Before his firing, FBI Director James Comey had been set to testify at a Senate Intelligence Committee hearing on global threats Thursday morning. So the new acting FBI director, Andrew McCabe — who had been Comey’s deputy and is now in charge while the administration looks for a permanent replacement — stepped in instead.
Naturally, McCabe was asked several questions about the FBI’s Russia investigation and about Comey’s firing. And on several specifics, his answers contradicted the story the White House has been telling, and suggested the Russia probe is still full steam ahead, for now at least.
On Wednesday, White House deputy press secretary Sarah Huckabee Sanders claimed the Russia investigation was “probably one of the smallest things” the FBI had “going on their plate.” When asked about that comment, McCabe wouldn’t agree. “We consider it to be a highly significant investigation,” he said instead.
Sanders also said that the White House would “love” for the investigation “to be completed so that we can all move on.” But McCabe signaled he had no intention of doing so. “It is my opinion and belief that the FBI will continue to pursue this investigation vigorously and completely,” he testified.
The administration has also claimed that rank-and-file FBI agents had lost confidence in Comey. Perhaps unsurprisingly (given that Comey was his boss), McCabe disputed that. “Director Comey enjoyed broad support within the FBI and still does to this day,” he said. “I can confidently tell you that the majority, the vast majority of FBI employees, enjoyed a deep and positive connection to Director Comey.”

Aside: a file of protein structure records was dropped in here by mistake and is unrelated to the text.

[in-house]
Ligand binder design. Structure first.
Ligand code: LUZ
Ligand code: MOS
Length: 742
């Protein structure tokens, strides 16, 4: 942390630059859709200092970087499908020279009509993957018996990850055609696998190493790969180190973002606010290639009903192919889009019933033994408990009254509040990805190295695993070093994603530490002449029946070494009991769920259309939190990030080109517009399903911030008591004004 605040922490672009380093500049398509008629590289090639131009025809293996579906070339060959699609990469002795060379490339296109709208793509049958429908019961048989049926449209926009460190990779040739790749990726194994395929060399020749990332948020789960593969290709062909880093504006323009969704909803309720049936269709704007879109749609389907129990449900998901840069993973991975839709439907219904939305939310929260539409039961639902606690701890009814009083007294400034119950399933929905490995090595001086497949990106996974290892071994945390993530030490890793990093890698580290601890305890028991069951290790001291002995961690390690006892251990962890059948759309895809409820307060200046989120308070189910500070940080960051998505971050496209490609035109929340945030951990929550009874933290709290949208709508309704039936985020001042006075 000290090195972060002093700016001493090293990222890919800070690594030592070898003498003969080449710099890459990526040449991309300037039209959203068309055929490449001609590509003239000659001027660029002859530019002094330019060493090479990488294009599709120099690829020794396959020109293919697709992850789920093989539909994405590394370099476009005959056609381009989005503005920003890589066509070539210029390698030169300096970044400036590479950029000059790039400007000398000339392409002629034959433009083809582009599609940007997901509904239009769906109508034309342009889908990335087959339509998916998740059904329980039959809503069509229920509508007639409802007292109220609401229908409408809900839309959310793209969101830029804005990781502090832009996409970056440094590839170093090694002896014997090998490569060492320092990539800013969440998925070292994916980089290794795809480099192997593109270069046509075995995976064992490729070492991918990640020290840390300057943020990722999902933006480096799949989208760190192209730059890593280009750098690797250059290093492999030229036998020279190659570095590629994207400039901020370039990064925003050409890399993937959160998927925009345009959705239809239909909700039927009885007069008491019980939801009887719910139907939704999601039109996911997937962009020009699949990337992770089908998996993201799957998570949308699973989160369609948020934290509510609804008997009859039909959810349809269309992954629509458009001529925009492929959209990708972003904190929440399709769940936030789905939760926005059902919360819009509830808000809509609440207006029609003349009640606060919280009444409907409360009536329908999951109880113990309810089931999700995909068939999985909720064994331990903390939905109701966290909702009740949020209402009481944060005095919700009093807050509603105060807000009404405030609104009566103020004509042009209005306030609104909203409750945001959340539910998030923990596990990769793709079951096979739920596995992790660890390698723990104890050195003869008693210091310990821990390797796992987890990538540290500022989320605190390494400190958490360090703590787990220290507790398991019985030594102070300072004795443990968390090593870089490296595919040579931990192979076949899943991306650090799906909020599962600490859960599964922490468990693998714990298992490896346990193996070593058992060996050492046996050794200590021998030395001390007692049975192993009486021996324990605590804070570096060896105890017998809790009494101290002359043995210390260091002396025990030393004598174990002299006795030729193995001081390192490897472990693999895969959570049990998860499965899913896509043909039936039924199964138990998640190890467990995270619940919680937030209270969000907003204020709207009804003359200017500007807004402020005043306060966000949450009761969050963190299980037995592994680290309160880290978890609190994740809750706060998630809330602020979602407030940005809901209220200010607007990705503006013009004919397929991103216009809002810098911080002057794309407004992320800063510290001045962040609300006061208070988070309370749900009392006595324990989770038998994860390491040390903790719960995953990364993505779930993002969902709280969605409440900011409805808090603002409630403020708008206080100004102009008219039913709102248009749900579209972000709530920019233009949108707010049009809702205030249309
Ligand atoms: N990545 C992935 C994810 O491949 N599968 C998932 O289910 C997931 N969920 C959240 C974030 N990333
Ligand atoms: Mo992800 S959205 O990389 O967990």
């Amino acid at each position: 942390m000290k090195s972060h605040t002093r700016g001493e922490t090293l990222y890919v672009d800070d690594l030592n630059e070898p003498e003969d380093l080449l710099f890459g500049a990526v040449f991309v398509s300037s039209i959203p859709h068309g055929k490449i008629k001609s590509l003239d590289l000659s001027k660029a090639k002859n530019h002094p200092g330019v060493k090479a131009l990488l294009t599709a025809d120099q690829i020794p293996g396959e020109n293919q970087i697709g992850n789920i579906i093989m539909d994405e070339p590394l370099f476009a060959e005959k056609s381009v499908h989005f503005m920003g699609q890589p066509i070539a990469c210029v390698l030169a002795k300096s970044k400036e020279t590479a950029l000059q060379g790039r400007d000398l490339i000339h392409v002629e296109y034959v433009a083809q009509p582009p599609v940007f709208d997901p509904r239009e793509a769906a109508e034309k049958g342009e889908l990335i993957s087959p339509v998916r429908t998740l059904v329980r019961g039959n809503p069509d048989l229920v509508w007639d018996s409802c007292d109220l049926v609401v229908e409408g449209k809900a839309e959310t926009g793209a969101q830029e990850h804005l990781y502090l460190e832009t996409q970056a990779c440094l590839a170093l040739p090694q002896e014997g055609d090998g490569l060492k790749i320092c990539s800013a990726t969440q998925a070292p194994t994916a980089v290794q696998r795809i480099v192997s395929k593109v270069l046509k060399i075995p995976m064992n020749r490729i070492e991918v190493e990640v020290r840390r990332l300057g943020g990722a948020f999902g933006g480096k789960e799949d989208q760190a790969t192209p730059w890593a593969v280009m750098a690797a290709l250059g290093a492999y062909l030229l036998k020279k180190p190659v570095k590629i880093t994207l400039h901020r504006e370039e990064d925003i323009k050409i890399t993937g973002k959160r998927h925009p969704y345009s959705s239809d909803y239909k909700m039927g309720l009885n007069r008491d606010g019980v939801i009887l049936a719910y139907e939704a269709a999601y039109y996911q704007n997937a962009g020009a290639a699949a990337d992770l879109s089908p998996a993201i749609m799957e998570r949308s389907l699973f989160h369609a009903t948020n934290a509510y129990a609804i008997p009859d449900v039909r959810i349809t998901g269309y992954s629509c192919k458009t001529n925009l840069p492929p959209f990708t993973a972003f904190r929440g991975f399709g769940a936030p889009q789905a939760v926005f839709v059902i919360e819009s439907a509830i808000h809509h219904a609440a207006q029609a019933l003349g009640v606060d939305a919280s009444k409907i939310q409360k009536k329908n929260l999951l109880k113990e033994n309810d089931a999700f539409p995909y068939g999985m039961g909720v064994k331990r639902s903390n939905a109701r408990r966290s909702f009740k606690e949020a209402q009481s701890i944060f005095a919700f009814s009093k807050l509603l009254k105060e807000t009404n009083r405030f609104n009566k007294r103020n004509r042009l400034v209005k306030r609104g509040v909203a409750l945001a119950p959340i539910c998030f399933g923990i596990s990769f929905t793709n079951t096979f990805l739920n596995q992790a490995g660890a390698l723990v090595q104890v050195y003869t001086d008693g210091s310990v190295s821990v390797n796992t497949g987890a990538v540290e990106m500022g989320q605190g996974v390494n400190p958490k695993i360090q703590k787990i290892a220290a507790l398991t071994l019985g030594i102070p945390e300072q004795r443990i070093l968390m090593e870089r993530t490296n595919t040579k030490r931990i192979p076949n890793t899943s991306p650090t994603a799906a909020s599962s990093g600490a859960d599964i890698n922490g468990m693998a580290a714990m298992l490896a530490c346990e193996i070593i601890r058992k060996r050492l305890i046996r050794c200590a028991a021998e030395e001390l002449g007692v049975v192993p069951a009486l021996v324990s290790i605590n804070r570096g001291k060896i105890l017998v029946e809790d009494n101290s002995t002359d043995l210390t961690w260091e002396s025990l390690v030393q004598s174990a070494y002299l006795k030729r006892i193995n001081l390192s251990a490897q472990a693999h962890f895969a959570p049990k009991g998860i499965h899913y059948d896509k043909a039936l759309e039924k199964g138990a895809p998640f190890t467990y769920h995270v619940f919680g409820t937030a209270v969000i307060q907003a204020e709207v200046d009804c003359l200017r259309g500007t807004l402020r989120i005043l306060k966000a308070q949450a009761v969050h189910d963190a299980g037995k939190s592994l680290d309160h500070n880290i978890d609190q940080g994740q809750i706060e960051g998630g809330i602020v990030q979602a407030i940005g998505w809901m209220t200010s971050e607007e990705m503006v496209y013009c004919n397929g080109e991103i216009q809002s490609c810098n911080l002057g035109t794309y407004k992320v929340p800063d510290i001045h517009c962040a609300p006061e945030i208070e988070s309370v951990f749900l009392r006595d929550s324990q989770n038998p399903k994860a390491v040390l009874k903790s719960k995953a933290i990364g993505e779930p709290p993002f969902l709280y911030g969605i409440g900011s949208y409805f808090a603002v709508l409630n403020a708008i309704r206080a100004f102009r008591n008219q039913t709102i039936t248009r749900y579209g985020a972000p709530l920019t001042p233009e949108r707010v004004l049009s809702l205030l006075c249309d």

McCabe also maintained that in his view, the Russia investigation was not being deprived of needed resources. Some press reports had suggested that Comey had asked for more resources for the investigation before he was fired, but McCabe said he wasn’t aware of that and it didn’t fit with what he knew about how those requests were made. “I believe we have the adequate resources to do it, and I know that we have resourced that investigation adequately," he testified.
And overall, McCabe maintained that the investigation would continue despite Comey’s dismissal. “There has been no effort to impede our investigation to date. Quite simply put, sir, you cannot stop the men and women of the FBI from doing the right thing, from protecting the American people, from upholding the Constitution,” he said.
By around noon, however, the action had moved away from the public hearing, as Deputy Attorney General Rod Rosenstein — who wrote the letter criticizing Comey that the White House cited in the firing — arrived on Capitol Hill to meet with senators in private.
Acting FBI Director Andrew McCabe testifies before the Senate ...
After the firing of James Comey, the new acting FBI Director Andrew McCabe and other agency chiefs testify before the Senate Intelligence Committee.Posted by Vox on Thursday, May 11, 2017